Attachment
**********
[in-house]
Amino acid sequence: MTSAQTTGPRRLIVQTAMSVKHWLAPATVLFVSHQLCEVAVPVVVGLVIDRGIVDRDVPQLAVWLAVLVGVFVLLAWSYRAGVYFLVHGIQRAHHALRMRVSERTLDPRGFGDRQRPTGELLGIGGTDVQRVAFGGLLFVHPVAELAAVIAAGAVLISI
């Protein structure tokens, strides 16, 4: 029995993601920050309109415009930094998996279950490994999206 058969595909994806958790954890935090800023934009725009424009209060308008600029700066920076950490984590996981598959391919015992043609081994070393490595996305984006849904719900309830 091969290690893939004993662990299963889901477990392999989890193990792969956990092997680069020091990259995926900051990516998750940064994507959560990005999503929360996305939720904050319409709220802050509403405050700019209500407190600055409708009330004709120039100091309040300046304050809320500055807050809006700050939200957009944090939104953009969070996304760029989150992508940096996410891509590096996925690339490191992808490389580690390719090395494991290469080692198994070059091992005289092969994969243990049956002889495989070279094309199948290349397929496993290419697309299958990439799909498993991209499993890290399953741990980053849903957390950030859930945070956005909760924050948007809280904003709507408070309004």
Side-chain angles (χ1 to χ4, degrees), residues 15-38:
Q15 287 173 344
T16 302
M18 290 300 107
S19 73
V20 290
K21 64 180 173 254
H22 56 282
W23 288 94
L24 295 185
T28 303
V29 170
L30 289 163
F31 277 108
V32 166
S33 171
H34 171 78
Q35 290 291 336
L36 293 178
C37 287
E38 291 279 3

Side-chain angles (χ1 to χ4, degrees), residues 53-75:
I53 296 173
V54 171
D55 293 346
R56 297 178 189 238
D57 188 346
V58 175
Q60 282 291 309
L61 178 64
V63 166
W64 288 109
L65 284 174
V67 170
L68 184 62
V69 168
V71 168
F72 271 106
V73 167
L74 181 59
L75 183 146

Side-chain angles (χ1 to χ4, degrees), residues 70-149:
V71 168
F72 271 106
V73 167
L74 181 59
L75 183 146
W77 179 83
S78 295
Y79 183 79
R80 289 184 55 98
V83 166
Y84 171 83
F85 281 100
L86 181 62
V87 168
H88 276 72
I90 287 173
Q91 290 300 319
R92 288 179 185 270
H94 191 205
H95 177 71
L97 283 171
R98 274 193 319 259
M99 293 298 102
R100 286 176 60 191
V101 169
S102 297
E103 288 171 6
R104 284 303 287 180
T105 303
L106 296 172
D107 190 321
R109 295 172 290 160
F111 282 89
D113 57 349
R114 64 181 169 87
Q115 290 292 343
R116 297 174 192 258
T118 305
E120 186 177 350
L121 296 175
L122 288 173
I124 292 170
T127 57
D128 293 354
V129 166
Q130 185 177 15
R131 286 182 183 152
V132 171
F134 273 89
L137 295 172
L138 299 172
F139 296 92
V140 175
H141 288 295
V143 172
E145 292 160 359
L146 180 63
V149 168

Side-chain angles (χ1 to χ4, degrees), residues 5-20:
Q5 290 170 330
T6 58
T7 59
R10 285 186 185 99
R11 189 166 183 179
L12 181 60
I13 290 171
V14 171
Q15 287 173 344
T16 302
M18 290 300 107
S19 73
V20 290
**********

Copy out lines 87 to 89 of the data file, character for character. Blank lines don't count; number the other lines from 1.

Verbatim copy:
I124 292 170
T127 57
D128 293 354